The Indian Ministry of Agriculture has stated that “more than 1,000 small farmers kill themselves each month, most of them because of their massive GM-generated debts.”

Controlling the food leads to privatizing the water. Private corporations already own 5 percent of the world’s fresh water, and billionaires and companies, including Monsanto, are purchasing the rights to groundwater and aquifers. Monsanto is accused of dumping its toxic chemicals, including PCBs, dioxin, and glyophosate (Roundup) into the water supply of nations worldwide before it privatized the water sources, filtering the water and selling it back to the public.

bluntMonsanto runs the FDA and writes its own protection laws for politicians that it has purchased. Ex-Monsanto executives run the FDA that fails to research long-term effects of GMO products. This last spring, Sen. Roy Blunt (R-MO)  put the “Monsanto Protection Act” into the Agricultural Appropriations provisions of the HR 933 Continuing Resolution spending bill, which stopped a federal government shutdown. [photo] The Act bans courts from halting the sale of Monsanto’s genetically modified seeds and keeps anyone from suing Monsanto regarding unsafe crops. Even if a court review determines that a GMO crop harms humans, the seeds can to be planted if the USDA approves them. Blunt said he “worked with” Monsanto to write it.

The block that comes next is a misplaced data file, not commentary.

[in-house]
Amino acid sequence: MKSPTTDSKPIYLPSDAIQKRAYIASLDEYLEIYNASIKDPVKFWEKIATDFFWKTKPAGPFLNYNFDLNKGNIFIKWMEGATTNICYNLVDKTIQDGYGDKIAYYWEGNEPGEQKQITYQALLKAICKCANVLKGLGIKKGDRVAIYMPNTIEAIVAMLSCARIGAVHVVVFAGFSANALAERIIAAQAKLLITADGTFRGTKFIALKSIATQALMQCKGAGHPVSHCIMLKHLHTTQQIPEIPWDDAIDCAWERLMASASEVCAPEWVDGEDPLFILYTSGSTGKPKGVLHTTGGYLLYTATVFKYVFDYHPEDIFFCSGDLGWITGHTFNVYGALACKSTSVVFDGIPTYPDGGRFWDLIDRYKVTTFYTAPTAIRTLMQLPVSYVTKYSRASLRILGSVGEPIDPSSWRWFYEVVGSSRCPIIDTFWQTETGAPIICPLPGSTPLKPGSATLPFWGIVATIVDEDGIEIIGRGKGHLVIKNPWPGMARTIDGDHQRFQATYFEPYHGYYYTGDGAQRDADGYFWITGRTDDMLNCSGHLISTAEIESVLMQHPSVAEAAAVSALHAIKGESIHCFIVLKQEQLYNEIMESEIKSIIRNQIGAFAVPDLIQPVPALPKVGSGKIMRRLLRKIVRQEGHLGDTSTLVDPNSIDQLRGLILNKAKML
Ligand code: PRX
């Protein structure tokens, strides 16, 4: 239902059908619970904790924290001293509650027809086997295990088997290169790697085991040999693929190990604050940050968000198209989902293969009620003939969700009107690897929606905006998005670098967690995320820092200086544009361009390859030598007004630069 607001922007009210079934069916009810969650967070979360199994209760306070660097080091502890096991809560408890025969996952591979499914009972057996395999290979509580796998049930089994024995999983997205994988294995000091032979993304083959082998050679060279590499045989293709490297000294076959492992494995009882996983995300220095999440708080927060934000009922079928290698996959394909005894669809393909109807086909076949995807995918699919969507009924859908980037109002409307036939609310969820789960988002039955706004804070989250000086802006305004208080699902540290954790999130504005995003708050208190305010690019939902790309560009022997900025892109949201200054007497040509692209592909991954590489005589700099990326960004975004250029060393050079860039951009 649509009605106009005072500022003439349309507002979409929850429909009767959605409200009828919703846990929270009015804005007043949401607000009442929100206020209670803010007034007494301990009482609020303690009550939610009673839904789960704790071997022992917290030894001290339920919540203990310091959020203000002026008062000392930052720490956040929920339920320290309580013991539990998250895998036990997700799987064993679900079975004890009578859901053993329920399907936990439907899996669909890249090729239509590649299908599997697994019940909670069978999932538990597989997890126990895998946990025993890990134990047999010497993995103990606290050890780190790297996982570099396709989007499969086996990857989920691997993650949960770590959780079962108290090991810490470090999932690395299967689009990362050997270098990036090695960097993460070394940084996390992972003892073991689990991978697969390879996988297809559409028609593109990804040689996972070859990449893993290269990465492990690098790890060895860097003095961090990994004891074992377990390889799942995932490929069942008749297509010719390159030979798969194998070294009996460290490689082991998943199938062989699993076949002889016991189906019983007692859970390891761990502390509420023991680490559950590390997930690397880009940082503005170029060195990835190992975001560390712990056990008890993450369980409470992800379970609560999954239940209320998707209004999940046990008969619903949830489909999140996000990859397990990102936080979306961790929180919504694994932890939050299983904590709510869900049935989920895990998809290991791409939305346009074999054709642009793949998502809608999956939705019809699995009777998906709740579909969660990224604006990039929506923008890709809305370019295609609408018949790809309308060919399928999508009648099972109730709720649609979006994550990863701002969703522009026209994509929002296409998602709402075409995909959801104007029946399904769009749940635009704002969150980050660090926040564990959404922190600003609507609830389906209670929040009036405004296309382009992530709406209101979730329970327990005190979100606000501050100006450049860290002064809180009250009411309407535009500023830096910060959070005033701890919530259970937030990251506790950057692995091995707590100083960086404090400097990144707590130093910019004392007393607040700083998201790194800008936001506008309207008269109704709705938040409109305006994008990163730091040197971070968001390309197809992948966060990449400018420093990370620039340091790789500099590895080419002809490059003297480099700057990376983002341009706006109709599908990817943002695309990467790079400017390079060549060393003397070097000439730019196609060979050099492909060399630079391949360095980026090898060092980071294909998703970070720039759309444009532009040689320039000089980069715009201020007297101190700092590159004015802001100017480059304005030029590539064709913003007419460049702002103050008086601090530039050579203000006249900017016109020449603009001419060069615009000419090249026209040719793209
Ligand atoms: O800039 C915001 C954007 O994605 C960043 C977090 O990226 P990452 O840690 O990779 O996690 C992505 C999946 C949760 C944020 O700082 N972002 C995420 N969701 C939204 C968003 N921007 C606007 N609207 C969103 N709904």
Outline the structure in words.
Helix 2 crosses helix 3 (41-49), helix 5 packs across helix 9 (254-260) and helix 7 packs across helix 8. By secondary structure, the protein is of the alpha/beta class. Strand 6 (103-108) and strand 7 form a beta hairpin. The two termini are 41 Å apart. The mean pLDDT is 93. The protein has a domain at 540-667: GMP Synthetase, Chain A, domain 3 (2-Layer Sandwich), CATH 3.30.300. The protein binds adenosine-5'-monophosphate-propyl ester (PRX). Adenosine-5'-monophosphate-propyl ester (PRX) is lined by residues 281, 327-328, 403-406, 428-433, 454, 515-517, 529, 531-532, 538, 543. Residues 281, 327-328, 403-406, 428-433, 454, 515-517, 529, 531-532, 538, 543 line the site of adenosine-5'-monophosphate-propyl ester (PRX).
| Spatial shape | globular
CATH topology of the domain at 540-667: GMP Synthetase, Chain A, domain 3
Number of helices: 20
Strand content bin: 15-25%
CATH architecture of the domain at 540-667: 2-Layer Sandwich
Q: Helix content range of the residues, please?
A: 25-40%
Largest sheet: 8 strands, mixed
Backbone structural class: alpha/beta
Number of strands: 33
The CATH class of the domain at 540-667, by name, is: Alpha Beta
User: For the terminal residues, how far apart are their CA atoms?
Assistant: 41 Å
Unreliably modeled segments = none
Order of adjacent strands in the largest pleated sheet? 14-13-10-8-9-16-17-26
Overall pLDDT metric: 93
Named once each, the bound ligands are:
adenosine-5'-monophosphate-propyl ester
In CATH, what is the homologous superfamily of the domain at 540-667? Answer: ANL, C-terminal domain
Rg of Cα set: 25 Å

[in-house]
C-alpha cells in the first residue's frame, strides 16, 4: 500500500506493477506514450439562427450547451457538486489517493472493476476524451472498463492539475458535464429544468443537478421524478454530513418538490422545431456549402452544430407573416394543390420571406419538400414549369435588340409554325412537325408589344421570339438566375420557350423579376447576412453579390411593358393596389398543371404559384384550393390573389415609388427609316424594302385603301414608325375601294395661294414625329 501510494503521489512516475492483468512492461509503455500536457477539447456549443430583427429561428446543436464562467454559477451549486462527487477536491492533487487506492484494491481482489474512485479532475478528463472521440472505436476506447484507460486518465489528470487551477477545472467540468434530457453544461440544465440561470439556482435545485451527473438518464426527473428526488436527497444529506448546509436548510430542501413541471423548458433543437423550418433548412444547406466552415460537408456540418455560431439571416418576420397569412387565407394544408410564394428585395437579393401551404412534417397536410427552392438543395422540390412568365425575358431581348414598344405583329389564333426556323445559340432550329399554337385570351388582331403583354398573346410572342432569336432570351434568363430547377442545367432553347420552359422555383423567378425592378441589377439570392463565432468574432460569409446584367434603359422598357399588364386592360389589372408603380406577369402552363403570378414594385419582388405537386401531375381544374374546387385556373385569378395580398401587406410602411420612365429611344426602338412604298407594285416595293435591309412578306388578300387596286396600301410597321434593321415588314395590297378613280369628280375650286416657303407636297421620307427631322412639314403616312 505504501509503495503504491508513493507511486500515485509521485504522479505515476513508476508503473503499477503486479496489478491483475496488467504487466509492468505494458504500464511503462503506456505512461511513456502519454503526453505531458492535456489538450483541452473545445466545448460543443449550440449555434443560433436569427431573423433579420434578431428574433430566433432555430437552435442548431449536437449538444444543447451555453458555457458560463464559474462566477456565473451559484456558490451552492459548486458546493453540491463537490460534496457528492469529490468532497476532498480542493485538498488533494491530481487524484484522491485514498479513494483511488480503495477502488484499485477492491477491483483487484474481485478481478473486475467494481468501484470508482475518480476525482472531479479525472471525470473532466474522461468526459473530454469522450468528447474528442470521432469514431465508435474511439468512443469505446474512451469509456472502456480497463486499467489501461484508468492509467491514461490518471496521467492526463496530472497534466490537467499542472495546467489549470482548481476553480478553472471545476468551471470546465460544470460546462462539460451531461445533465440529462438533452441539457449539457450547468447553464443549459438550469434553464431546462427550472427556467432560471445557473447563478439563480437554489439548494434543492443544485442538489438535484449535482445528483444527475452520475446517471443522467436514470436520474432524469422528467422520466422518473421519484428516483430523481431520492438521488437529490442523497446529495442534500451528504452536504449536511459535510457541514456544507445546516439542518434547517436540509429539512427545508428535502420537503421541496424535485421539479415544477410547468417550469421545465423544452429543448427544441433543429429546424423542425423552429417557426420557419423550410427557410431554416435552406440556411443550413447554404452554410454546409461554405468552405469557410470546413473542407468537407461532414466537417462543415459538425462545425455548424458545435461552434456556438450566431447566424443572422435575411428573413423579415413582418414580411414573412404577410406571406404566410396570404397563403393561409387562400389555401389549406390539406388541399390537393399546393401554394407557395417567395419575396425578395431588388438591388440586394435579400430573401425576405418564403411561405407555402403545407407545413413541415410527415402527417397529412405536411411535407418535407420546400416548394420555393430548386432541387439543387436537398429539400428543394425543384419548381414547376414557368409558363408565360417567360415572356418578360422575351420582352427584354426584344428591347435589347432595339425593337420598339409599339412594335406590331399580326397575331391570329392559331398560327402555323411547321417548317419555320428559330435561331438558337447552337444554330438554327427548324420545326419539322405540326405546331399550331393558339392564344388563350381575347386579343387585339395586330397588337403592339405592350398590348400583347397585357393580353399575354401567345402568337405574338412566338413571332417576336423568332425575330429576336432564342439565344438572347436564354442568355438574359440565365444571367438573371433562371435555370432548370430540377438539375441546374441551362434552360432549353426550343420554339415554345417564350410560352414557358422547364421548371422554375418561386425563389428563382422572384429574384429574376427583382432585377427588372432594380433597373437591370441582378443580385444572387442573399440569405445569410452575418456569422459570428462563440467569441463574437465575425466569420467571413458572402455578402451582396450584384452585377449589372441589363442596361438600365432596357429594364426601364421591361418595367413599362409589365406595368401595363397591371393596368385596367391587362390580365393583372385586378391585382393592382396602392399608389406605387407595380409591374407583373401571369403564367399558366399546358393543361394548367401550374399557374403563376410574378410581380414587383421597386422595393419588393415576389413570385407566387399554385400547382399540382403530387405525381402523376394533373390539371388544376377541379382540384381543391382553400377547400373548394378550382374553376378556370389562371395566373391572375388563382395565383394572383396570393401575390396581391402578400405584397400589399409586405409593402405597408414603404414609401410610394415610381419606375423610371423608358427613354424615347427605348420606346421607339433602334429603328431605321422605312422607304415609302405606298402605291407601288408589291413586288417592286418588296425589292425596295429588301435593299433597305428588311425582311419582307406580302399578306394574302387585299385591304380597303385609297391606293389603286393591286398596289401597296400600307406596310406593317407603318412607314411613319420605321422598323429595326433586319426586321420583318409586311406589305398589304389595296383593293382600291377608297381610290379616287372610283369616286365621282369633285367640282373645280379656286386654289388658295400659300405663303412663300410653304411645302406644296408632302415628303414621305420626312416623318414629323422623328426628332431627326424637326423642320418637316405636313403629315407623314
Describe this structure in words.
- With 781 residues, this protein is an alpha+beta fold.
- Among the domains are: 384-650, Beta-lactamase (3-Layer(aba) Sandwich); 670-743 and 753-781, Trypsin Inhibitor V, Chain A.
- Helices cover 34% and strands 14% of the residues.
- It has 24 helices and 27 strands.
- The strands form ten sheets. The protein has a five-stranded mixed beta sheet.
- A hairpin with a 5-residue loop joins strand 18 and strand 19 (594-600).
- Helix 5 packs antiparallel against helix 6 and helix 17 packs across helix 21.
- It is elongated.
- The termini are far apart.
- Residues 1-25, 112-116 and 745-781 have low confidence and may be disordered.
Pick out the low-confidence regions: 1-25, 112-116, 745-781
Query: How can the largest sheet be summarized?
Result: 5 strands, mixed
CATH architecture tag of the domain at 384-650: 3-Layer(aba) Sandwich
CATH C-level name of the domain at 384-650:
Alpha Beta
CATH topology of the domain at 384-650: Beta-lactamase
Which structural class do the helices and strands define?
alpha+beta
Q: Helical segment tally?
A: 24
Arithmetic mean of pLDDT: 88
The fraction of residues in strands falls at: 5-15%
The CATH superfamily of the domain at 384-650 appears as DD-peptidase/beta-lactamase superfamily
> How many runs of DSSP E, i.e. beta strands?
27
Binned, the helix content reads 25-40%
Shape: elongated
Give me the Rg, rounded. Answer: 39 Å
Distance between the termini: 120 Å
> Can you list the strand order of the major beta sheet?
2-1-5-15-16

Environmental nightmares continue. Monsanto and other biotech conglomerates are connected to the decline of bee colonies in the US and abroad. When bees disappear, the food supply disappears. Butterflies and birds are also vanishing. The company has also concealed its pollution with toxic PCBs. Monsanto does not contribute to “sustainable agriculture” the way that it claims. Instead, it blocks adequate global food production. And more.